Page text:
These emerging megaregions reflect the economic links woven by millions of commuters traveling to and from work each day. They map out complex networks in which economic systems, natural resources and infrastructure are linked. Understanding the way functional geographic connections cross over the existing borderlines of states and regions is key for developing institutional forms that match the patterns of the contemporary world.

More... | Comments (0)

Survey: Norwegian PHEVs drive electrically 55% of time, BEVs driven more in total and in everyday traffic

August 16, 2016

Norway leads the European market for plug-in vehicles, with more than 105,000 units registered through May 2016. A recent survey of 8,000 vehicle owners in Norway by Norway’s Institute of Transport Economics found that plug-in hybrids there drive electrically with power from the grid 55% of the time (and 63% on work trips), while battery electric vehicles are driven more in total and in everyday traffic.

The survey also found that buyers of battery electric vehicles and plug-in hybrid vehicles have different transport needs but both are motivated by economy of use and environment; battery electric vehicle owners are also motivated by a free toll road incentive. Battery electric vehicle owners are younger, have more children, a longer distance to drive work and own more vehicles than other vehicle owners.

More... | Comments (3)

Survey: Fuel efficiency top criterion for US buyers regardless of size of vehicle; good news for start-stop

August 03, 2016

American consumers are strongly influenced by fuel efficiency and the price of gas when purchasing a vehicle, according to a new survey conducted by the Opinion Research Corporation on behalf of Johnson Controls. Of the 1,006 people surveyed, fuel efficiency (57%) is top of mind for consumers when they go to buy any size automobile, followed closely by cost (55%) and safety (54%).

That preference is consistent with a similar survey conducted five years ago, despite falling gas prices, which are down more than 37% from the national average in 2011. The new survey also found consumers are sensitive to the price of fuel when considering a new vehicle, with 64% saying it directly impacts their purchase. This is up 14% from 2011.

More... | Comments (5)

Researchers urge Chinese government to encourage bikes, buses and rail over cars and commercial vehicles due to emissions and health concerns

August 01, 2016

Based on the results of their analysis of the potential air quality and health impacts of travel demand in China under business-as-usual and alternative transport scenarios, a team of researchers in China is urging policymakers to encourage the replacement of private cars for short trips with bicycles or public buses and the replacement of commercial vehicles with rail transport.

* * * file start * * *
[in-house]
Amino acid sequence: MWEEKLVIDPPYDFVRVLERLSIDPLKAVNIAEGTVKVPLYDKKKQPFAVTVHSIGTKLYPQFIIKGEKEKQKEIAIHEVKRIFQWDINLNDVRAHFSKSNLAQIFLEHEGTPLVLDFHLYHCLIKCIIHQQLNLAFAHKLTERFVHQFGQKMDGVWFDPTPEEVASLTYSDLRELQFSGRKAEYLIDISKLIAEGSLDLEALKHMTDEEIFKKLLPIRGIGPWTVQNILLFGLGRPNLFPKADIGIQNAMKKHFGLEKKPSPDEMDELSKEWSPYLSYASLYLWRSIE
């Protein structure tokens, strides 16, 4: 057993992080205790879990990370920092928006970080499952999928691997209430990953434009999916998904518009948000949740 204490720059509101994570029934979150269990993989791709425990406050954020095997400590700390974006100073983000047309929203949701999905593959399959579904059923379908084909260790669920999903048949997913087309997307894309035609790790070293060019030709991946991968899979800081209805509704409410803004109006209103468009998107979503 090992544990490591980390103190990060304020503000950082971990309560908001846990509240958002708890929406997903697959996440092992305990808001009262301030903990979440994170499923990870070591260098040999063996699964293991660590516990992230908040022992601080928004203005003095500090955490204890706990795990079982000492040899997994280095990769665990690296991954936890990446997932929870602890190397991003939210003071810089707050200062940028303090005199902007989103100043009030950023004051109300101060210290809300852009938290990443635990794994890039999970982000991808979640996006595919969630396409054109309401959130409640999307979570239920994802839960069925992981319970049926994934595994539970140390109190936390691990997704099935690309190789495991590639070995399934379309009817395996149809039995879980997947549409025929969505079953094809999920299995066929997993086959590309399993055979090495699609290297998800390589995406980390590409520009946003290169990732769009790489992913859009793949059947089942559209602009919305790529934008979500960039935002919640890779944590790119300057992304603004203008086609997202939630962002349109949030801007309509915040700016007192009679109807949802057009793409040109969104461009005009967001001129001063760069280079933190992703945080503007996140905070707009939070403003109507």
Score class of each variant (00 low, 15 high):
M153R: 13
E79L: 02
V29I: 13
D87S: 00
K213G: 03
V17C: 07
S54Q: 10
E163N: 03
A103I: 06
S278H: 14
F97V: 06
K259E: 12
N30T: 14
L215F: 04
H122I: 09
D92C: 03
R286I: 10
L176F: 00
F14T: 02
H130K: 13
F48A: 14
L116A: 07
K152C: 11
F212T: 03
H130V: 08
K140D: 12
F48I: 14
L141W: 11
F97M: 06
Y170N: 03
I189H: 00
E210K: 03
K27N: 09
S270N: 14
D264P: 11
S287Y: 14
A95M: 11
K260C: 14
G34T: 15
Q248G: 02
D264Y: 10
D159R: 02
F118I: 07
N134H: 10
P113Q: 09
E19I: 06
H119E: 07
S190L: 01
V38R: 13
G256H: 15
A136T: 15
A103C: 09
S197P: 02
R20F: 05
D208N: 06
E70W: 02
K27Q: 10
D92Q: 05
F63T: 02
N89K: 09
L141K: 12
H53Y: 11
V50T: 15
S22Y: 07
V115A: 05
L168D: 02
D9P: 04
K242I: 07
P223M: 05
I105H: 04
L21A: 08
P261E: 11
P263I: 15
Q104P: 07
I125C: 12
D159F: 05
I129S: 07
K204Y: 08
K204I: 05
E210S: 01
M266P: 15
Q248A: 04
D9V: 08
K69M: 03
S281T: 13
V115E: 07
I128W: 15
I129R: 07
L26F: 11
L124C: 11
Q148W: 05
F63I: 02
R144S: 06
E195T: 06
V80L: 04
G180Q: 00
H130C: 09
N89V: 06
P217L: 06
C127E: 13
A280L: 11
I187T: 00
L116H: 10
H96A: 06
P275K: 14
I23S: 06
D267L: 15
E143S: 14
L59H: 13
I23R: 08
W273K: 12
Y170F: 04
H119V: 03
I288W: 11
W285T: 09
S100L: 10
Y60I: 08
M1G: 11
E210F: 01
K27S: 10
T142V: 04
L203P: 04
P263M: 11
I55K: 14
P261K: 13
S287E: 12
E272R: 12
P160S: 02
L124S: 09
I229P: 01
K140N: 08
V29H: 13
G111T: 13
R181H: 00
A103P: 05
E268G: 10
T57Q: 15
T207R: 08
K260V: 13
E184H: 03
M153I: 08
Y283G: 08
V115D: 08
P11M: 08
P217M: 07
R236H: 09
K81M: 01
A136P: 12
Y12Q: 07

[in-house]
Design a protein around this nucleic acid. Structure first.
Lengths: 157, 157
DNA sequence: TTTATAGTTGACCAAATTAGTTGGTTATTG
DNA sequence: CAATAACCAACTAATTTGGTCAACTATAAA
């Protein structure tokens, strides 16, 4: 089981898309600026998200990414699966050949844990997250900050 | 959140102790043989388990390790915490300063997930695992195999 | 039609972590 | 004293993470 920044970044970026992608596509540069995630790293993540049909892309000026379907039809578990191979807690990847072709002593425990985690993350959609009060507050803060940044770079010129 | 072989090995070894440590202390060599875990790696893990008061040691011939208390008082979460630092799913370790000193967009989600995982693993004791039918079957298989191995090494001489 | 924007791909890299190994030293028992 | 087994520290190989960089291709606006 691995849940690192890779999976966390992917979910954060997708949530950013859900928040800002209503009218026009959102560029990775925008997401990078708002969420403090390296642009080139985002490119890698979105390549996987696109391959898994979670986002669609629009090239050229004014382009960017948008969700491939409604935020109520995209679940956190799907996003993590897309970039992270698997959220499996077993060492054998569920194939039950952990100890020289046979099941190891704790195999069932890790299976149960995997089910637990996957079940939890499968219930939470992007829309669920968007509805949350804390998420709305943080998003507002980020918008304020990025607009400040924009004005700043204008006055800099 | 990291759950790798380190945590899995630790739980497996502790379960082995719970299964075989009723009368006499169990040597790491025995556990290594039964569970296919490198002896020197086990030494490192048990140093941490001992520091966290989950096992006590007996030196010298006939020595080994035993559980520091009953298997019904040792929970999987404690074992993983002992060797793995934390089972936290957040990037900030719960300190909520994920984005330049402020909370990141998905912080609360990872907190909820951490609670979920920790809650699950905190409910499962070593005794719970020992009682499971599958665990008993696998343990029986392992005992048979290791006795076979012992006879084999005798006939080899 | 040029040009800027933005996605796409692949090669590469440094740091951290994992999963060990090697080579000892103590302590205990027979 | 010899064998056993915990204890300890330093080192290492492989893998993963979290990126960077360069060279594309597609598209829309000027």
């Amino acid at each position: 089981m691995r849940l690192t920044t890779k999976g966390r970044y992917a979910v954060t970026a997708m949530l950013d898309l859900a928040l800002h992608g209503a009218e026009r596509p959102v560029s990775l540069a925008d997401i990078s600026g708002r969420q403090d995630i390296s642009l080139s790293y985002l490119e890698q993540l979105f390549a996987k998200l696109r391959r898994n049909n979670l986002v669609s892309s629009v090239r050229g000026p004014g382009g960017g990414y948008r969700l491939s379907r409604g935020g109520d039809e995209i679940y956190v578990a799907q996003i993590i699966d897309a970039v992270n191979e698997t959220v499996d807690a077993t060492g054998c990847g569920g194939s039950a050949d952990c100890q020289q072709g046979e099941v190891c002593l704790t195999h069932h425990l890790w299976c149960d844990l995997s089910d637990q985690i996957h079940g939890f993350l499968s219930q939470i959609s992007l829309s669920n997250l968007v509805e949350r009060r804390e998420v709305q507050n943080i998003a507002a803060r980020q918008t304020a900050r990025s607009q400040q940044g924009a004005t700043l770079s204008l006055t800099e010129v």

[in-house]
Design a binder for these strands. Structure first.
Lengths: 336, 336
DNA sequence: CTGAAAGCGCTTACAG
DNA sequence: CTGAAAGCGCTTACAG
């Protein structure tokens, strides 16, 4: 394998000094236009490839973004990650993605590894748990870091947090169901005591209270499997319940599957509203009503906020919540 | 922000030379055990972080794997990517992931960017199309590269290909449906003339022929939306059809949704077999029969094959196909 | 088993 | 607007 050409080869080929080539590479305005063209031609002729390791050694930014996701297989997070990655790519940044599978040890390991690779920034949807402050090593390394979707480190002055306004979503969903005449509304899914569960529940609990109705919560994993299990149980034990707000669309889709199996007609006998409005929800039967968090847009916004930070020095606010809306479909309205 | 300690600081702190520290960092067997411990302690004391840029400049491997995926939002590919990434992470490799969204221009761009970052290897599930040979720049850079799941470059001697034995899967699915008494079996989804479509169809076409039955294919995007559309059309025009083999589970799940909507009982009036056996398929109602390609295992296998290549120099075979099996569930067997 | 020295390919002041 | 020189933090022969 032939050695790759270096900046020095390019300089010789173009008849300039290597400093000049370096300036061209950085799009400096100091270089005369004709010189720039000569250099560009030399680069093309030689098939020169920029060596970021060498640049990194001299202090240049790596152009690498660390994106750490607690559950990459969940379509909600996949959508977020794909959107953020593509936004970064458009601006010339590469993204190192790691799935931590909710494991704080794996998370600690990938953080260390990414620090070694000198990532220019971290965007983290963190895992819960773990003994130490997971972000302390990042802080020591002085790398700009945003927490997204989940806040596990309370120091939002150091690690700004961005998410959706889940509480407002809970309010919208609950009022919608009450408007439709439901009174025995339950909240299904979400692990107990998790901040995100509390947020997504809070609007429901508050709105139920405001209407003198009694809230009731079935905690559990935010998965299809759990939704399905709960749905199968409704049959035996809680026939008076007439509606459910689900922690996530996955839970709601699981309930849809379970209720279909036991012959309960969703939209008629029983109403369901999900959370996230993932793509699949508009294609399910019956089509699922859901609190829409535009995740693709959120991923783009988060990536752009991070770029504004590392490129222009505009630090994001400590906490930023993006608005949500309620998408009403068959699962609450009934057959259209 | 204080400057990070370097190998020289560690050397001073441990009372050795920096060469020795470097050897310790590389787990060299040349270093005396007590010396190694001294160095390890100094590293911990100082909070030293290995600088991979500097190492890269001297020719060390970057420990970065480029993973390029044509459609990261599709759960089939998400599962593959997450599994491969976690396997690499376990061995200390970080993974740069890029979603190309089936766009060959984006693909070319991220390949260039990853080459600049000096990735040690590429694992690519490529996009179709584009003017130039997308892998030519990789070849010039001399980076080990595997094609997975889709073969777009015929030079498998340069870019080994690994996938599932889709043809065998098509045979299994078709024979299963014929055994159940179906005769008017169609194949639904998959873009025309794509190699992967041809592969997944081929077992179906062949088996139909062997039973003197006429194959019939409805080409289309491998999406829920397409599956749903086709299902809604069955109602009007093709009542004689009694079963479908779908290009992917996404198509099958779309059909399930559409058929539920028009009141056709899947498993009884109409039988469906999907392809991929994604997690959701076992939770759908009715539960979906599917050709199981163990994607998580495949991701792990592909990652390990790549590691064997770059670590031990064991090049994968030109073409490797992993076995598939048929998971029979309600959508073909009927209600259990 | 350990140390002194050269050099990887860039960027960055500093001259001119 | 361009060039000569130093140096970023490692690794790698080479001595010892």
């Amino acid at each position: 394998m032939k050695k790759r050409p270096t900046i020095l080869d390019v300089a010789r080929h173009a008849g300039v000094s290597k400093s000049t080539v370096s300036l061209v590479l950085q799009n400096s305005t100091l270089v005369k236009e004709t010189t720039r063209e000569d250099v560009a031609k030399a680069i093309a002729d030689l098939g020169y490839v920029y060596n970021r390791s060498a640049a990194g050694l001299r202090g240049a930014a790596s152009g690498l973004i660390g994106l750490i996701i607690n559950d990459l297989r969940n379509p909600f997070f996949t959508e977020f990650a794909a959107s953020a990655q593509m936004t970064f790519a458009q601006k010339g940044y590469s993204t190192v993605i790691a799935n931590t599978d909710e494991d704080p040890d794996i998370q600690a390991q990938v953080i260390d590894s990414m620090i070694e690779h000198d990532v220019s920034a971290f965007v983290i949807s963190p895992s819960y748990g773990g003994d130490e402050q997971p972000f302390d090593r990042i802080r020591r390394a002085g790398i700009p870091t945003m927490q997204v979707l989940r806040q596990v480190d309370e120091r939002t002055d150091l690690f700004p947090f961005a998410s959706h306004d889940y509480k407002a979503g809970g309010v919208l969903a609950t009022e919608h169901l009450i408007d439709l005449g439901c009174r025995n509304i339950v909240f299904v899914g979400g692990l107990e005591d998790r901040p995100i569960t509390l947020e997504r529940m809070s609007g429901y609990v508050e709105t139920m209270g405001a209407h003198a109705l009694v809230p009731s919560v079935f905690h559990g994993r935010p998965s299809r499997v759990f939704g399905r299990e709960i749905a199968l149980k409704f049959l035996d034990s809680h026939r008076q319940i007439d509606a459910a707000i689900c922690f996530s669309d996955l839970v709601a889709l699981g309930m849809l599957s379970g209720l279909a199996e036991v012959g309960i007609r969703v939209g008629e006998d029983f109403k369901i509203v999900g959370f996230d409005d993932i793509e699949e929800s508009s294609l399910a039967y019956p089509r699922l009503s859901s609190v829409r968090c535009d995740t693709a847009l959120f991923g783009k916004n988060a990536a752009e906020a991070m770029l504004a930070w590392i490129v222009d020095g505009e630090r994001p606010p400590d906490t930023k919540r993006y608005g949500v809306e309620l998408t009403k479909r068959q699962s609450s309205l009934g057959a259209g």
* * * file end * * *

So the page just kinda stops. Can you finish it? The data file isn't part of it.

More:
In their paper, published in the journal Energy Policy, Ling-Yun HE and Lu-Yi QIU, observe that regulatory policies imposed on vehicle usage as well as on car ownership can not solve the growing emissions problem.

More... | Comments (1)

TÜM study finds reduction in fuel consumption from eco-driving training, even with incentives, to be fleeting

A study of the persistence of effects of eco-driving training by a team from Technische Universität München has found that, while there is an immediate reduction of the average fuel consumption following eco-driving training along with the provision of an incentive, there is an attenuation of this effect after six months.

Further, they also found no impact on fuel consumption from purely theoretical eco-driving training—i.e., without incentives—either short-term or long-term. A paper describing their study is published in the journal Energy Policy.

More... | Comments (0)

Berkeley TSRC study quantifies VMT and GHG benefits of car2go car-sharing in North America

July 25, 2016

car2go NA is currently the largest flexible one-way carsharing service in North America. Now, a study conducted by the University of California Berkeley’s Transportation Sustainability Research Center (TSRC) concludes that car2go’s carsharing model can complement existing mass transit options; reduces the overall number of vehicles on the road; and ultimately improves mobility in densely-populated urban areas.

Among the study’s conclusions were that, on balance, car2go changes VMT (vehicle miles travelled) by -6% to -16% per car2go household; GHG emissions change by -4% to -18% per car2go household. Overall, the results of this study suggest that car2go one-way carsharing is substantively impacting travel behavior, miles driven, GHG emissions, and the number of vehicles on urban roads within operating regions.

More... | Comments (0)

Green Car Congress © 2017 BioAge Group, LLC. All Rights Reserved. | Home | BioAge Group